Waveforms define the pressure fluctuations which characterise a sound. The Music 5000 synthesiser is capable of storing 14 waveforms of 128 points each, and modulating these waveforms using a variety of special effects. The waveform defining system provided by EWMOD allows more waveforms to be prepared and loaded into the Music 5000 as desired. The waveforms are numbered from 0 to 13.

The system used in EWMOD revolves around waveform buffers. These are 128 word arrays which are provided by the programmer (possibly by writing 128 DIM ARRAY). If waveforms are set at the start of a program and never altered afterwards, one buffer can be used to build all of the waveforms in turn. If waveforms are to be altered during execution of a program it is better to build all of the waveforms required in different buffers, and then load them from the buffers when required. Another advantage of using buffers is that words can be written using the normal load and store operators to perform filtering or other operations on partially generated waveforms. Note: the size of the buffer provided is not checked by any of these words, and so use with a wrongly sized or addressed buffer will probably corrupt the program. It is recommended that programs modifying waveforms are saved before running.

buffer Wclr
This word resets the waveform in buffer to be zero at all points. This is usually necessary before using Wharm.
size harmonic buffer Wharm
This word adds a harmonic component to the waveform in buffer. The harmonic specified by harmonic should be in the range 1-16. The size of the smallest component specified by size should be 256, where possible. Wmax can be used to rescale to waveform.
height1 height2 length from Wline
This word creates a straight line segment in a waveform. The start address of the segment is passed in the parameter from, and the length of the segment is specified by length. The parameters height1 and height2 specify the levels at the start and end of the line segment respectively. Wline allows waveforms which could not be created by Wharm to be created easily. Note: from is the segment start address, not the buffer start address.
buffer wavenum Wmake
This word loads the waveform specified by buffer into the Music 5000 as waveform number wavenum. It also performs a Wset to set the waveform on the current channel selection.
buffer Wmax
This word rescales the waveform stored in buffer, so that the largest amplitude of any point on the waveform is &7F00. This gives the largest sensitivity to amplitude changes that the waveform can have. Wmax is not needed in cases where the maximum amplitude is known to be &7F00 already.
wavenum Wset
This word sets the waveform indicated by wavenum to be the waveform used by the current channel selection.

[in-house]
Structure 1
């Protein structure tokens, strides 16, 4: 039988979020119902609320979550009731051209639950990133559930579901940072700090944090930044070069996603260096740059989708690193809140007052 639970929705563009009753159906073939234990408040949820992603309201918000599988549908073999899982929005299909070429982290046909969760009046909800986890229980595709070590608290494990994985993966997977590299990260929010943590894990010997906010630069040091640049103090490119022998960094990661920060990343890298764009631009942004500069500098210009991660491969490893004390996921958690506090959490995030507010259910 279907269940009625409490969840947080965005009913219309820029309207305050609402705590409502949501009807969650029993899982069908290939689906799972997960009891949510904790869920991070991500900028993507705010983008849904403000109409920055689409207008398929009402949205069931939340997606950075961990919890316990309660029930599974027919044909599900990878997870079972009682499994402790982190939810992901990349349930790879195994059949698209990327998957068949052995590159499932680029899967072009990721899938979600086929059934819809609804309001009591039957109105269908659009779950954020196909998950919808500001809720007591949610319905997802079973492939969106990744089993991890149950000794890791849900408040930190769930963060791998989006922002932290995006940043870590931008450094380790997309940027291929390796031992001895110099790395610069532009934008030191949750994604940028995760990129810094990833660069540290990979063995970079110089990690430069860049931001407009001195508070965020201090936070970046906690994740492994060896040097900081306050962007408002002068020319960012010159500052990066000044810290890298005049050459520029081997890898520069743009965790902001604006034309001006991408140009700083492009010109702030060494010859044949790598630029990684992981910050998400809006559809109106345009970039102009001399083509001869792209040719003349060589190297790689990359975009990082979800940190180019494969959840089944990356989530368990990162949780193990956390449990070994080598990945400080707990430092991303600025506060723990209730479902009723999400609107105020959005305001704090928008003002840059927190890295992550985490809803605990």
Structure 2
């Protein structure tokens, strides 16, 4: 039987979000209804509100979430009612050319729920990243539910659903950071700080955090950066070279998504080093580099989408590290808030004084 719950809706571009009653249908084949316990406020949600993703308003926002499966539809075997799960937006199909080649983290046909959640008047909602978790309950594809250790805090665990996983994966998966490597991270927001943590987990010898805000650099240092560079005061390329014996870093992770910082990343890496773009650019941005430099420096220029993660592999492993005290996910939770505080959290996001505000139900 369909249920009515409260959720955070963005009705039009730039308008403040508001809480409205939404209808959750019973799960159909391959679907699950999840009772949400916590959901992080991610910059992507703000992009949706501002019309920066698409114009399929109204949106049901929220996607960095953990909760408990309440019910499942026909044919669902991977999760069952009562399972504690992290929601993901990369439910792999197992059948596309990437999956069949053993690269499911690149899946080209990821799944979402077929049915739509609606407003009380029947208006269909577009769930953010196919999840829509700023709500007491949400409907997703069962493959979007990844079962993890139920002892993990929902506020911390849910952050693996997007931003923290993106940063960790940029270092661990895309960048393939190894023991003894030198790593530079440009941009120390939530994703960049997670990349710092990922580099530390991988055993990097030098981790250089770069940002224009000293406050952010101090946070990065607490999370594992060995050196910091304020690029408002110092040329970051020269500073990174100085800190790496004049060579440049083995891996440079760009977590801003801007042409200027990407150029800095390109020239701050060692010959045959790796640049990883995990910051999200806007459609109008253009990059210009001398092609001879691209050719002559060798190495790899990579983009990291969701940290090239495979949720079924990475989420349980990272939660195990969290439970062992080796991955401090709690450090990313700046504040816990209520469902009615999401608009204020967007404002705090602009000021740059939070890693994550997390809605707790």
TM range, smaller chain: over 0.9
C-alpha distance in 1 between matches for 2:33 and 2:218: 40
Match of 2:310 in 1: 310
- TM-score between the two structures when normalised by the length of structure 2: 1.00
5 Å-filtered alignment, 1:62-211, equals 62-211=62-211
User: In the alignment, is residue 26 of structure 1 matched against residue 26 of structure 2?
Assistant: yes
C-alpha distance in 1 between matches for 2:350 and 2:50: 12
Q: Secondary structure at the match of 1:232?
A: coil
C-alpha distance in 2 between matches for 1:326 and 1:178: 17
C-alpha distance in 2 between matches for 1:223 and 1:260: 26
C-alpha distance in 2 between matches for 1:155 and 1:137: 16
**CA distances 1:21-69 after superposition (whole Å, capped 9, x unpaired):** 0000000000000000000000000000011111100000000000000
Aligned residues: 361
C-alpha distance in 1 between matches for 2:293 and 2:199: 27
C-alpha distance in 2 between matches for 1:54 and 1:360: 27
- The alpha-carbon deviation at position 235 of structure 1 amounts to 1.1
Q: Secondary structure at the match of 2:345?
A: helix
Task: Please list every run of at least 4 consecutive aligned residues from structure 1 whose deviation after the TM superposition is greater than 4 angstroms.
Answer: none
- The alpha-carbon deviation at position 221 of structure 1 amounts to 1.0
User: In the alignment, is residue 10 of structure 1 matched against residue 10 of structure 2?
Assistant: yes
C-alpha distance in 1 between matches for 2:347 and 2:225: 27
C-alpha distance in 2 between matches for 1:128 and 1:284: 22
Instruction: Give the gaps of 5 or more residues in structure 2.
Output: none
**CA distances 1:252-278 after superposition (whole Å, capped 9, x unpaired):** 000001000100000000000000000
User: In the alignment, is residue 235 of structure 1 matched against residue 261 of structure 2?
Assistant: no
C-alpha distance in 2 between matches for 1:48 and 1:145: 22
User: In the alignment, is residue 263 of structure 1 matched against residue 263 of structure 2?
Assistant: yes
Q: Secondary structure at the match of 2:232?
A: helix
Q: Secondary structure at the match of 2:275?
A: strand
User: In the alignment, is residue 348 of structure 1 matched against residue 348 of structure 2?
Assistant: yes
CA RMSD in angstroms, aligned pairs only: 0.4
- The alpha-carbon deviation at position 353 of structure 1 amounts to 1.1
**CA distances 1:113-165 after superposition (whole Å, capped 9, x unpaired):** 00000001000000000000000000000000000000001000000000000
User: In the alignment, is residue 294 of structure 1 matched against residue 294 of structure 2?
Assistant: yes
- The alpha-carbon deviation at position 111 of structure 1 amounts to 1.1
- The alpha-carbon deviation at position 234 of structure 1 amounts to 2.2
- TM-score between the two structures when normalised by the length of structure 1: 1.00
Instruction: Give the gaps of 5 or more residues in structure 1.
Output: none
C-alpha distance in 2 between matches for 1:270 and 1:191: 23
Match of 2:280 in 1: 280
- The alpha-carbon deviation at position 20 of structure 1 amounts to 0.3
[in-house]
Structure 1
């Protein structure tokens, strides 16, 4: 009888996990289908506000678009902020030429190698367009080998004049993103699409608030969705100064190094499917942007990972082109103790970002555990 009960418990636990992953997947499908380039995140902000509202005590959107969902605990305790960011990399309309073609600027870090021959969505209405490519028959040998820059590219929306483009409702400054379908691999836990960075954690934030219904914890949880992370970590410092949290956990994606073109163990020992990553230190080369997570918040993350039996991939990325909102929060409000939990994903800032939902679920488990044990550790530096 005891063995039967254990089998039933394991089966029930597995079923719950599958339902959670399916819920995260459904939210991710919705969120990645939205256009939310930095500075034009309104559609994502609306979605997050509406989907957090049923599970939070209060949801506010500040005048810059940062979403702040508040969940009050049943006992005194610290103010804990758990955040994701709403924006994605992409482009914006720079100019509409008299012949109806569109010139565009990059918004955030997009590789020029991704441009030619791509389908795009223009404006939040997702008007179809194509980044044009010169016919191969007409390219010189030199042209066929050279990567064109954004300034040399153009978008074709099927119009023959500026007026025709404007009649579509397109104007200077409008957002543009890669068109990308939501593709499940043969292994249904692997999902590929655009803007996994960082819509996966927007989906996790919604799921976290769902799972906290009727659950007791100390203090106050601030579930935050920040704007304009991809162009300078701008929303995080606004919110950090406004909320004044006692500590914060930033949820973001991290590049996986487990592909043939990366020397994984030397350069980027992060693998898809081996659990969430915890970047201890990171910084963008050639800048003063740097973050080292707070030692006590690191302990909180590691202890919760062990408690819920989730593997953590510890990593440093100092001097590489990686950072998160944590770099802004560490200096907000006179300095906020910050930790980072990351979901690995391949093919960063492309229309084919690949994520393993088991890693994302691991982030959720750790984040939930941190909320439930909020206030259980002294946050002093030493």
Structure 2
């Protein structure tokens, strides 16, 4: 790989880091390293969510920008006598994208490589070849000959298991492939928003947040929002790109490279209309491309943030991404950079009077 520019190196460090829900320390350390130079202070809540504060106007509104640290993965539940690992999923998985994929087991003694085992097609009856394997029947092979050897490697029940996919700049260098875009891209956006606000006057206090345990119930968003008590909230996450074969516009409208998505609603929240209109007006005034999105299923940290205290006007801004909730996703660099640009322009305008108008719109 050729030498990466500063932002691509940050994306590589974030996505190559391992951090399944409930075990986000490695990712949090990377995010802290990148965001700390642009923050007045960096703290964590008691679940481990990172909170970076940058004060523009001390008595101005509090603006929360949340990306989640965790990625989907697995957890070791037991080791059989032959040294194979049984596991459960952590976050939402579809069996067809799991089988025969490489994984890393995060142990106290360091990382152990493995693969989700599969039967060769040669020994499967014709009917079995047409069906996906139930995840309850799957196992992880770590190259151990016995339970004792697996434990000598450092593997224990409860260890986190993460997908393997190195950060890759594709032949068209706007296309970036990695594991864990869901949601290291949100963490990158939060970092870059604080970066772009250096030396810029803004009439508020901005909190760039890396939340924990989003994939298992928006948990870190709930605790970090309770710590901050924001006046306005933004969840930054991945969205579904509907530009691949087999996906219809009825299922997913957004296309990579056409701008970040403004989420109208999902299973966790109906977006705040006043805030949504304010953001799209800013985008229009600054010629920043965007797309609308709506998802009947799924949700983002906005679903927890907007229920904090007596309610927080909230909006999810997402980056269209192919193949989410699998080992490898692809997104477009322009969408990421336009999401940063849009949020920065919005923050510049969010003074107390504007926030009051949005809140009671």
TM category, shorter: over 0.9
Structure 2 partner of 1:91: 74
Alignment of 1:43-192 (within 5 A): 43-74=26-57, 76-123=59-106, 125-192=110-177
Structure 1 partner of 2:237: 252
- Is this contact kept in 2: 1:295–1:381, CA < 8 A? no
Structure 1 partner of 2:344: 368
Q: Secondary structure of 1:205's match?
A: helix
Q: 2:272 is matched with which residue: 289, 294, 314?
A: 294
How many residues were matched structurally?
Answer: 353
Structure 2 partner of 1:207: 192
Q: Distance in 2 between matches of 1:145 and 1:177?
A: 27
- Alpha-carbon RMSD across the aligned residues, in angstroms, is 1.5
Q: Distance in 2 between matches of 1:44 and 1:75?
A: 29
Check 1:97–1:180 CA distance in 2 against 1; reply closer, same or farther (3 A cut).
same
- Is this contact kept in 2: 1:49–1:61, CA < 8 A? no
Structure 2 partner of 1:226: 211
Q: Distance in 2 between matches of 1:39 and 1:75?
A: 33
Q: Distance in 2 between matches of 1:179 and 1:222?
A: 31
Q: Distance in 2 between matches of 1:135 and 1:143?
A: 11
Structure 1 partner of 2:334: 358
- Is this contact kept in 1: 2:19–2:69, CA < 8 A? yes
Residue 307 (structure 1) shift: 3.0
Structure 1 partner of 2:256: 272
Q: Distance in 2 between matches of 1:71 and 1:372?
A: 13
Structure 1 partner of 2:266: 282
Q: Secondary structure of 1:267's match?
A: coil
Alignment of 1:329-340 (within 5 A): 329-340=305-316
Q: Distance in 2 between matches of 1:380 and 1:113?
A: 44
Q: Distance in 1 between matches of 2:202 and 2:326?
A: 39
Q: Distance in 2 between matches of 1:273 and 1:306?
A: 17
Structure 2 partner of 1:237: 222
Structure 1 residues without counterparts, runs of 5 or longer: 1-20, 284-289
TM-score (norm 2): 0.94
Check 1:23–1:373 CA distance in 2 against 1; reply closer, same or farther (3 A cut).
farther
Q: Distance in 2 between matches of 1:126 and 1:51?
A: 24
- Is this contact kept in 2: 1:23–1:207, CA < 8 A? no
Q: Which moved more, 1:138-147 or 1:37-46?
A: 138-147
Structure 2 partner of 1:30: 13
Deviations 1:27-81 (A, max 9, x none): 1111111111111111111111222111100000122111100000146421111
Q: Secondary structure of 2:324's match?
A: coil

Errors

Invalid envelope
This error occurs when an envelope number outside the range 0-33 is used with Eclr, Emake or Eset.
Invalid harmonic
This error occurs when a harmonic number outside the range 1-16 is used with Wharm.
Invalid length
This error occurs when the length parameter to Wline is outside the range 1-128.
Invalid segment
This error occurs when a segment number is used which is outside the range 0 to x-1, where x is the total number of on, repeat and off segments in the current envelope. The current envelope is the envelope specified by the last Emake.
Invalid waveform
This error occurs when a waveform number outside the range 0-13 is used in Wset or Wmake.
Too many segments
This error indicates that all of the free envelope segments have been used up. Segments can be freed by clearing unwanted envelopes with Eclr. If there are still not enough segments, one or more envelope definitions may have to be simplified. If envelopes are not used simultaneously they can share the same envelope number, but care must be taken to ensure that notes using the previous envelope have finished playing before re-using the envelope number.

Examples

Here are some examples of words which use EWMOD - the first two words define a pitch envelope for an increasing vibrato and a soft-edged amplitude envelope.
  "incvib" [ % increasing vibrato
    6 2 0 ON 0 Emake % no off section, normal scale
    &7F00 127 0 Eseg % pitch 0 immediately
    &0010 126 1 Eseg % pitch -1 in 16 steps
    &0030 129 2 Eseg % pitch +2 in 16 steps
    &0060 123 3 Eseg % pitch -4 in 16 steps
    &00A0 133 4 Eseg % pitch +6 in 16 steps
    &00E0 119 5 Eseg % pitch -8 in 16 steps
    &0200 135 6 Eseg % pitch +8 in 16 steps
    &0200 119 7 Eseg % pitch -8 in 16 steps
    0 PEN Eset       % make current pitch envelope
  ]

  "soft" [ % soft attack
    3 0 2 ON 16 Emake % no repeat section, normal scale
    &7F00 127 0 Eseg  % start at 0 amplitude
    &3800 239 1 Eseg  % amplitude 112 in 2 steps
    &0200 255 2 Eseg  % amplitude 128 in 8 steps
    &2000 158 3 Eseg  % amplitude 31 in 3 steps
    &0100 127 4 Eseg  % amplitude 0 in 31 steps
    16 AEN Eset       % make current amplitude envelope
  ]
The next words define a triangular wave and a ``reedy'' wave (waveforms with odd harmonics tend to produce sounds similar to reed instruments). Both of the words use the same waveform buffer, but separate buffers could be used if desired.
  "buffer" [ % waveform buffer
    128 DIM ARRAY
  ]

  "triangle" [ % triangular wave
    0 100 32 1 buffer Wline     % rise until 1/4 wave
    100 -100 64 32 buffer Wline % fall until 3/4 wave
    -100 0 32 96 buffer Wline   % rise until end of wave
    1 buffer Wmax               % scale wave
  ]

  "reedy" [ % reed like sound
    1 buffer Wclr                  % clear buffer
    100 1 1 buffer Wharm % strong first harmonic
    80 3 1 buffer Wharm  % strongish third harmonic
    60 5 1 buffer Wharm  % medium fifth harmonic
    40 7 1 buffer Wharm  % weakish seventh harmonic
    1 buffer Wmax        % scale wave
  ]

  "select" [ % select buffer as wave 1
    1 buffer 1 Wmake % set waveform and select
  ]

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Last modified on 12th February 2004 by angus@harlequin.com